Shumlin Unveils Plan To Reduce Rate Of Repeat Offenders

01/26/11 5:50PM By Bob Kinzel
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AP File Photo/Toby Talbot
The Northwest State Corrections Facility in St. Albans, Dec. 2008.
(Host) Governor Peter Shumlin has unveiled the first part of his plan to lower the repeat offender rate for people serving time in Vermont jails.

Shumlin wants to relocate all women inmates to the Chittenden Correctional facility and provide them with a variety of family support services.

VPR's Bob Kinzel reports:

(Kinzel) The plan is a major priority that Shumlin raised during his gubernatorial campaign.

According to recent studies, roughly 72% of all non violent offenders will commit another crime within 3 years of their release and end up back in jail.

 Shumlin says the state can save a lot of money, reduce crime rates and improve the lives of offenders if additional money is allocated to support community based programs for this population.

(Shumlin) "69% of our women and 45% of our men in the Vermont corrections system are non violent offenders. That means they tend to have drug and alcohol related addictions, they have difficulty reading and they're in for non violent offenses - bouncing checks, stealing money to support their habits. I want to treat the symptoms so that they don't end up back in prison within 3 years."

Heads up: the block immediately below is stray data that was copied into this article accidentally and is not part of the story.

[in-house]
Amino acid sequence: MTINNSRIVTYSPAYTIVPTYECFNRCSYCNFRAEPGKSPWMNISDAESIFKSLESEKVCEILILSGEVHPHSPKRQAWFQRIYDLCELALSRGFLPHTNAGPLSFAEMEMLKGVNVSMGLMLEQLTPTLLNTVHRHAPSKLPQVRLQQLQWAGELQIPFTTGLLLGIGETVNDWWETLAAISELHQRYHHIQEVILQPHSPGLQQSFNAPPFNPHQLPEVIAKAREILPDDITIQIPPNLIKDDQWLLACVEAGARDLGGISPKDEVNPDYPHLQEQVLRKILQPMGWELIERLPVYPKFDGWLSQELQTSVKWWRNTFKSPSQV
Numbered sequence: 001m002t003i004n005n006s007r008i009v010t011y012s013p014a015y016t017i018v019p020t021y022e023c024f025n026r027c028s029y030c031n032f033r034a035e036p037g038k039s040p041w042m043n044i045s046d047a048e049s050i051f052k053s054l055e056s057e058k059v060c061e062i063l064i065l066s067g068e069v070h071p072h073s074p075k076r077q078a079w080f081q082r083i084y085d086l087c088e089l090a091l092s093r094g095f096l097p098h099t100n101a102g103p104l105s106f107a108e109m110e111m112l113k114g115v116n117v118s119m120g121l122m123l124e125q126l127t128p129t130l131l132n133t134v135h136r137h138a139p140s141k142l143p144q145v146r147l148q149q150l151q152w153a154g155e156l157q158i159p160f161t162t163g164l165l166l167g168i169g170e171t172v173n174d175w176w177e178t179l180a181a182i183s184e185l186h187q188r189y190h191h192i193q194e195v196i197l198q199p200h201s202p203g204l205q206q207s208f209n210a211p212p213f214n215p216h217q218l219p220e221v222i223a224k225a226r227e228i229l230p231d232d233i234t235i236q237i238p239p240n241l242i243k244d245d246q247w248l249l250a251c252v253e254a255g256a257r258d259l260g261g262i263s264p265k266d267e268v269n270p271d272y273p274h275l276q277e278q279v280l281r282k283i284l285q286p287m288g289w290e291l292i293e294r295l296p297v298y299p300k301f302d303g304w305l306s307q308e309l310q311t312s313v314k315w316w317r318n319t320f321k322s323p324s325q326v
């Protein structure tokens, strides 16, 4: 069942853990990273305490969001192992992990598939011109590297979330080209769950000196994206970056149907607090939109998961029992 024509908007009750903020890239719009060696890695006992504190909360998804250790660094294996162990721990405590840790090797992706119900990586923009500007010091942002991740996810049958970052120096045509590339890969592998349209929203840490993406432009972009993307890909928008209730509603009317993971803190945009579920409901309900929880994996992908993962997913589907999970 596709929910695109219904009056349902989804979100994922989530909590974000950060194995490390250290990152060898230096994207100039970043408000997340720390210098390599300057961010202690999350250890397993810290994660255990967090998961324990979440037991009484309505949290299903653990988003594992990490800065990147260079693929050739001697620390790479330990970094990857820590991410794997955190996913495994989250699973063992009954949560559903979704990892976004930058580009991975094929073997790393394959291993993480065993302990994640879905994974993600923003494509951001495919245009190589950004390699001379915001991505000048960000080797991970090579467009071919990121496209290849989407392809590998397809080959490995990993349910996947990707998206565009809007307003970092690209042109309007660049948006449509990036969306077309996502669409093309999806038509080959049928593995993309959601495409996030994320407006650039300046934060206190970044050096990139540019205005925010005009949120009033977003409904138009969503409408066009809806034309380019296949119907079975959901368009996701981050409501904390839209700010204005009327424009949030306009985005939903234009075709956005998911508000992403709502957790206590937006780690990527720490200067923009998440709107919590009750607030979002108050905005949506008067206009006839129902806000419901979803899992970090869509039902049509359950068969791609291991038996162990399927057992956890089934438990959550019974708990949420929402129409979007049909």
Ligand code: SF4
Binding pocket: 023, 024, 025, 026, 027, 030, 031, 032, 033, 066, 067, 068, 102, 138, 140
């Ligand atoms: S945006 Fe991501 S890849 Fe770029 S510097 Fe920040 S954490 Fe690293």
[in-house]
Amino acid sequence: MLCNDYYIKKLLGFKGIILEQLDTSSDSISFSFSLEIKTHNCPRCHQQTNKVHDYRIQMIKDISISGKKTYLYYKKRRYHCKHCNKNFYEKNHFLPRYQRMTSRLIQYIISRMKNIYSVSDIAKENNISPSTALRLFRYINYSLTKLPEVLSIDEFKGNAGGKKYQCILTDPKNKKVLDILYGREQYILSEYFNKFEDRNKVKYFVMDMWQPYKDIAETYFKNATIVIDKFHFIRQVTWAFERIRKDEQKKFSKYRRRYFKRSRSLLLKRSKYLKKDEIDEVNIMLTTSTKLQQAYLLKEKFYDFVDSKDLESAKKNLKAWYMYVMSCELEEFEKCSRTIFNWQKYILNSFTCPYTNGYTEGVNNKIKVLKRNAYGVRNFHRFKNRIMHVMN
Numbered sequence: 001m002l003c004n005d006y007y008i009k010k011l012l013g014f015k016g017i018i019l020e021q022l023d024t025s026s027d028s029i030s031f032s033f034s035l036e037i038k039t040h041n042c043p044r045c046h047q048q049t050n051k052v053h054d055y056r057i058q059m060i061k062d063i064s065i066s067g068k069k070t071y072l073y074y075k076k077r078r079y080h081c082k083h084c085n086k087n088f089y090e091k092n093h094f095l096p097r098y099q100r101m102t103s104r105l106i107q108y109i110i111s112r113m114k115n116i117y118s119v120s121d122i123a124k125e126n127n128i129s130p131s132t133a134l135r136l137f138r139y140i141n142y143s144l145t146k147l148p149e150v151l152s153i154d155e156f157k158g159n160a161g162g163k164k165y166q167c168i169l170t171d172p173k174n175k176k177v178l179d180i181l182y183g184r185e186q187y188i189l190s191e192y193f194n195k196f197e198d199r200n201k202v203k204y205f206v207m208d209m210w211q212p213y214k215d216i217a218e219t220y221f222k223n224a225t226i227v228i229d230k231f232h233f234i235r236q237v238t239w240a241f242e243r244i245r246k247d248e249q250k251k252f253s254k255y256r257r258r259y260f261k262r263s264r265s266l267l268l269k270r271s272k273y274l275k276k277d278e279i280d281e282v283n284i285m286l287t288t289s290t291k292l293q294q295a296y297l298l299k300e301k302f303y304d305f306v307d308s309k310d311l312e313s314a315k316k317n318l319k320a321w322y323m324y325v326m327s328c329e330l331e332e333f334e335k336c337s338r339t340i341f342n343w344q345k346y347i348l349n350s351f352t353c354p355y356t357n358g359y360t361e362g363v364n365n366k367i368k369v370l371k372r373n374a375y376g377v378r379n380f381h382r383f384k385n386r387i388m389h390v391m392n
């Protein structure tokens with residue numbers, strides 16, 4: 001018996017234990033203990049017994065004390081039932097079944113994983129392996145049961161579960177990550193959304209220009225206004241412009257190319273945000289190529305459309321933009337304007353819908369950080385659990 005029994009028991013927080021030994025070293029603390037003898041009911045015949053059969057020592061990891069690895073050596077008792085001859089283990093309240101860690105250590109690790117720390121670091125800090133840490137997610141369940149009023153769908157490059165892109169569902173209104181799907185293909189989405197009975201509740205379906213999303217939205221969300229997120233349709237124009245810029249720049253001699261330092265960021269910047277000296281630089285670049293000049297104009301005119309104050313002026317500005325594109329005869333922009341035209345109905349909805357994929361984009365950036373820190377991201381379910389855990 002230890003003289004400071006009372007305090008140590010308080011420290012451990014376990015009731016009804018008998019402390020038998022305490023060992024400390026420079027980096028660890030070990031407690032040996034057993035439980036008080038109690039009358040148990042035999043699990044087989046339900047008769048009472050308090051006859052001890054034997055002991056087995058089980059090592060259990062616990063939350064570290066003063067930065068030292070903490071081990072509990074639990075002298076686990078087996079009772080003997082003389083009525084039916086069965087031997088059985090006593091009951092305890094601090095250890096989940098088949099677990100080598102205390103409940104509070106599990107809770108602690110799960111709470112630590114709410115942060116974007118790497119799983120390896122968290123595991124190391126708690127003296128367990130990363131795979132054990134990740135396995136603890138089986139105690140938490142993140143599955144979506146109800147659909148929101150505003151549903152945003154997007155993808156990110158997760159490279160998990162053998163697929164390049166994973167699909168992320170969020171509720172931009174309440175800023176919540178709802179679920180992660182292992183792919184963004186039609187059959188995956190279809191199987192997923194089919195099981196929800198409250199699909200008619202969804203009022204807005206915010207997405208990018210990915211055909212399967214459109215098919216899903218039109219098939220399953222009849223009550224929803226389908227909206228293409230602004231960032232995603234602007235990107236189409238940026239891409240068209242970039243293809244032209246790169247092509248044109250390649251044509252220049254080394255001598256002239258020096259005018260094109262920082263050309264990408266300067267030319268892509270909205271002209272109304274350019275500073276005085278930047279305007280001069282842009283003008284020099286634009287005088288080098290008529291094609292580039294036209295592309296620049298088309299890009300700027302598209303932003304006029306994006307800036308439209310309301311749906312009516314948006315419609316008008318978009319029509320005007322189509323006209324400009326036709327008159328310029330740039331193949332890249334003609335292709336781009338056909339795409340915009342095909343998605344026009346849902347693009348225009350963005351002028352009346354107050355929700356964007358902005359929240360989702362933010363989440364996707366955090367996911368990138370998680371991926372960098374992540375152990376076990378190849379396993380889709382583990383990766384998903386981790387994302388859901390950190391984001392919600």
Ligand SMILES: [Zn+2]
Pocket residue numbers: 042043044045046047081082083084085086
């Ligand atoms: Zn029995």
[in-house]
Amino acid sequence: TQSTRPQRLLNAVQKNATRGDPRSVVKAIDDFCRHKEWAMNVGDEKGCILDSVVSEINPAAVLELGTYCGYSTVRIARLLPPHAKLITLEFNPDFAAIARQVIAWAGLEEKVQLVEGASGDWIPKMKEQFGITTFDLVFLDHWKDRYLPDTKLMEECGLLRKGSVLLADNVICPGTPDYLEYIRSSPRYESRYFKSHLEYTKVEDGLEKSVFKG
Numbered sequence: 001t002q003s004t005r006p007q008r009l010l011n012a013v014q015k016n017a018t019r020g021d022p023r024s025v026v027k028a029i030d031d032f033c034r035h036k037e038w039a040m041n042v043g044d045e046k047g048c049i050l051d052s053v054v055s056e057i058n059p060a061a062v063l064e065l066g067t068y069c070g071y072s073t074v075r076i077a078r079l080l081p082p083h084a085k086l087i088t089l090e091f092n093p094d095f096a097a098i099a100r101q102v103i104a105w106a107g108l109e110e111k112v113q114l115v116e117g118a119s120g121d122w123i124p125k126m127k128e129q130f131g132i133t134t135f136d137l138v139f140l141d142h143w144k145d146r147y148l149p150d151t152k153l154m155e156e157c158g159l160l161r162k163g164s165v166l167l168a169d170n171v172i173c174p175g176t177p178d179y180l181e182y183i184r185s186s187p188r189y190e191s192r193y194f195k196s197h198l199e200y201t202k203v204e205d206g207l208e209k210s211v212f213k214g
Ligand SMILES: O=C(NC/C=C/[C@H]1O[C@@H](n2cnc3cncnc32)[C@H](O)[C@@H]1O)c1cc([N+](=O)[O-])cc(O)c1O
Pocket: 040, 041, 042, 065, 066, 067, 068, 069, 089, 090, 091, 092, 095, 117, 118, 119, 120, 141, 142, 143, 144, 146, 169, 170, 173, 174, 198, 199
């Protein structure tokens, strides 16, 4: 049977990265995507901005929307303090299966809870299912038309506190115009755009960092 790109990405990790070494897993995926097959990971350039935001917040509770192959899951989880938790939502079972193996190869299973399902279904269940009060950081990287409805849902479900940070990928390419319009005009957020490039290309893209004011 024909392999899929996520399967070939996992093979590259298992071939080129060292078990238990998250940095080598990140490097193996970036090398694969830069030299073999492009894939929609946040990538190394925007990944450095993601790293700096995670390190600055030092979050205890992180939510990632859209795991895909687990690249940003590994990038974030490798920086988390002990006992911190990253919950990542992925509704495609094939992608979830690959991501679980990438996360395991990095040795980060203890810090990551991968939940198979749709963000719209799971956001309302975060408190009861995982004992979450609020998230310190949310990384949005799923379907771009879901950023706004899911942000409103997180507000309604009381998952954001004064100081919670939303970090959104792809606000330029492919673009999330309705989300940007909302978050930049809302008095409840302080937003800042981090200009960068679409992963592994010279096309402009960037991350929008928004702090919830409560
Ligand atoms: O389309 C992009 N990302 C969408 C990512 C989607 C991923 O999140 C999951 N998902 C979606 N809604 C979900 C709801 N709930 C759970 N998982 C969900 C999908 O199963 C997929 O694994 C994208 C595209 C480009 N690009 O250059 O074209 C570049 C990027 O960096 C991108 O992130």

(Kinzel) Shumlin says the first project involves moving female inmates from the St. Albans prison to the Chittenden Correctional facility and investing a small amount of money to renovate the Chittenden jail.

(Shumlin) "We're going to take half of the gym space at the Chittenden facility and convert it to a parent child visiting center to allow female inmates to have contact with their children, improve their parenting skills and give them a better chance of success as well as being better parents once their time is up."

(Kinzel) Shumlin wants to expand this effort to include as many non violent offenders as possible in other jails around the state.

(Shumlin) "As governor I intend to be both tough on crime and smart on crime. I think what Vermont has been missing is the smart part. If we had half of our non violent offenders at $45,000 a year back in the system in 3 years, we are not being smart. So let's invest the dollars up front, ensure that we're better about bending that curve and get a better bang for our buck for taxpayers as well as giving these people hope and a productive life."

(Kinzel) The goal of this initiative is to save $7 million in jail costs in the next 12 months and to reinvest $3 million of these savings in community based support programs.

For VPR News, I'm Bob Kinzel in Montpelier.

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